I can try to define an averaging operator for functions, namely let $$A: D \subset L^\infty([0,\infty]) \to \mathbb{R}$$ by $$Af = \lim_{N\to\infty} \frac{1}{N}\int_0^N f(x)dx$$ whenever the limit converges. My question is: is there any intuitive description of the domain $D$ (other than the above limit converging)? A few observations:

  • Clearly if $f$ is compactly supported then $Af = 0$, in particular $f \in D$.
  • There exist non-compactly supported $f \in D$. E.g. constant functions, $sin$, $cos$, and many others.
  • There are bounded functions which are not in $D$. Maybe there is a more concise example but here is an intuitive one: $f$ will take either the value 0 or 3. It should start say as 0 on [0,1], then it will be 3 for long enough to bring the average up to 2, then it will return to 0 for long enough to bring the average down to 1, and so on. Thus the average will fluctuate between $1$ and $2$ and never converge.


  • $\begingroup$ A simple thought: what you're looking at is a simple analogue for integrals of Cesaro summation, although not, apparently, the same as what is referred to as Cesaro summability of an integral: en.wikipedia.org/wiki/Ces%C3%A0ro_summation $\endgroup$ May 12, 2012 at 18:16
  • $\begingroup$ Perhaps what you really want is the closure of $D$? $\endgroup$ May 13, 2012 at 14:39

1 Answer 1


I would say that you can define $A$ in all $L^\infty$. Indeed, let $V$ be the set of essentially bounded functions such that your limit exists. $V$ is a linear subspace of $L^\infty$ and the operator $A$ is linear and continuous and then it admits an extension to all of $L^\infty$ by the Hahn-Banach theorem. This extension is neither constructive nor unique and this may create some problems. However, I think that this is the natural way to proceed, having a perfect counterpart on the natural numbers, where the average is the natural density that can be extended to a (non-unique) invariant measure. For instance, your example of a function not belonging to $D$ is the analogue of a set of natural numbers without density.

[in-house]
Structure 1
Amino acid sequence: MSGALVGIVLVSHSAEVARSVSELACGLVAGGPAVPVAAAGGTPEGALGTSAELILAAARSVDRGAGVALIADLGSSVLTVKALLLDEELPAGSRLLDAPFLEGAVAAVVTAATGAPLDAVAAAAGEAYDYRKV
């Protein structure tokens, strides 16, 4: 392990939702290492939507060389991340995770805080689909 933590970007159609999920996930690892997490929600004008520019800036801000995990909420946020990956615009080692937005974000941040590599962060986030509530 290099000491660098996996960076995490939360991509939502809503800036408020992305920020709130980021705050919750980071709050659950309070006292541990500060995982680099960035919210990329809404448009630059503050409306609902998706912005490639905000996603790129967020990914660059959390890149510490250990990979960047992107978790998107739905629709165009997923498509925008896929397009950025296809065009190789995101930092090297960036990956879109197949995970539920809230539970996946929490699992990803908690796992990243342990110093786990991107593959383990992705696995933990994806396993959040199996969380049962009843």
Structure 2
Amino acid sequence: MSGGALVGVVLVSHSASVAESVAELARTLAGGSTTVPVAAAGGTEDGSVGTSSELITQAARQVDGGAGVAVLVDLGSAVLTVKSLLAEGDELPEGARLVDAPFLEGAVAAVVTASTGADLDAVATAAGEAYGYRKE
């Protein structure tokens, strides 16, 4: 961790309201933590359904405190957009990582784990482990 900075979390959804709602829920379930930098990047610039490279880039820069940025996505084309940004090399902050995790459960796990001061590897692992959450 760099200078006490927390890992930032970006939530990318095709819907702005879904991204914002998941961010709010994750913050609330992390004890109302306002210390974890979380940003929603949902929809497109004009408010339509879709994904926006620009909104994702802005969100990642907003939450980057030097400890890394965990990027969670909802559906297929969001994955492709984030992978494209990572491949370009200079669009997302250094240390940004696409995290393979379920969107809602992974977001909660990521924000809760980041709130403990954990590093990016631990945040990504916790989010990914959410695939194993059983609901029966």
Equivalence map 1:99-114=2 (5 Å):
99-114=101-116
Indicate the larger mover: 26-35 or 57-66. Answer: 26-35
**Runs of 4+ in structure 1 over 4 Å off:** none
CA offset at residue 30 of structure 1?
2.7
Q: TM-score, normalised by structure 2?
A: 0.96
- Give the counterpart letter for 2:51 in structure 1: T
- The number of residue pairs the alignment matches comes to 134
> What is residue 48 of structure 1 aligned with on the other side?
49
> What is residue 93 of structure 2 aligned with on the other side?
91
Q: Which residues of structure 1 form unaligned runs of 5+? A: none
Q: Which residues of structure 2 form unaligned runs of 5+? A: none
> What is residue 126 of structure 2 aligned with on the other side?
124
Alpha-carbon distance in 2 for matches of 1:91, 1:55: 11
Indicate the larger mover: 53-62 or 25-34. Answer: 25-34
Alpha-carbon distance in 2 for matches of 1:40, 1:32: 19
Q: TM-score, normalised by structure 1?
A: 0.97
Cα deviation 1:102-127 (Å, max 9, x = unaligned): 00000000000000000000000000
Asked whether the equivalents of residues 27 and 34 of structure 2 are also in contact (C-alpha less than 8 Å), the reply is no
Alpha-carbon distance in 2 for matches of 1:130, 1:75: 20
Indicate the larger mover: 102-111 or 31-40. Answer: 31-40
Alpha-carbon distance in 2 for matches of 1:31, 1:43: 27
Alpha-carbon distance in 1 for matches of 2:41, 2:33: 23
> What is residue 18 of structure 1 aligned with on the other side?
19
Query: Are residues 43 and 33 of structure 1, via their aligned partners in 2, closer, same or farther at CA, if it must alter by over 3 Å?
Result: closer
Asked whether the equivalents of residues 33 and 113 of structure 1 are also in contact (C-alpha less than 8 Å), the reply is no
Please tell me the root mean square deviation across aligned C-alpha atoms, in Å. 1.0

As I told you the extension is not unique and this means that some functions $f\in L^\infty$, as the one you explicitly considered, may have different averages, depending on which extension you consider. In other cases you may be lucky and obtain a function having a unique average. Maybe, in $D$ you want to put all functions having a unique average. I do not how to characterize them, but the same problem on the integers was studied in a paper by Rosenblatt called Functions with a unique mean value that is available on the web. I think that this can be a good starting point if you want to characterize $D$ as the set of functions having a unique mean value.

  • $\begingroup$ Thanks. The operator is indeed very close to density of subsets of the natural numbers. Do you have a reference that discusses the Hahn-Banach extension of the density? If I recall Hahn-Banach correctly, the extension is both non-constructive and non-unique, which doesn't sound very useful to me. How do people actually work with the extension of the density? $\endgroup$
    – Eric
    May 12, 2012 at 19:05
  • $\begingroup$ You're welcome. I've just included a few details and also some bibliography that may be of interest for you. $\endgroup$ May 13, 2012 at 14:40

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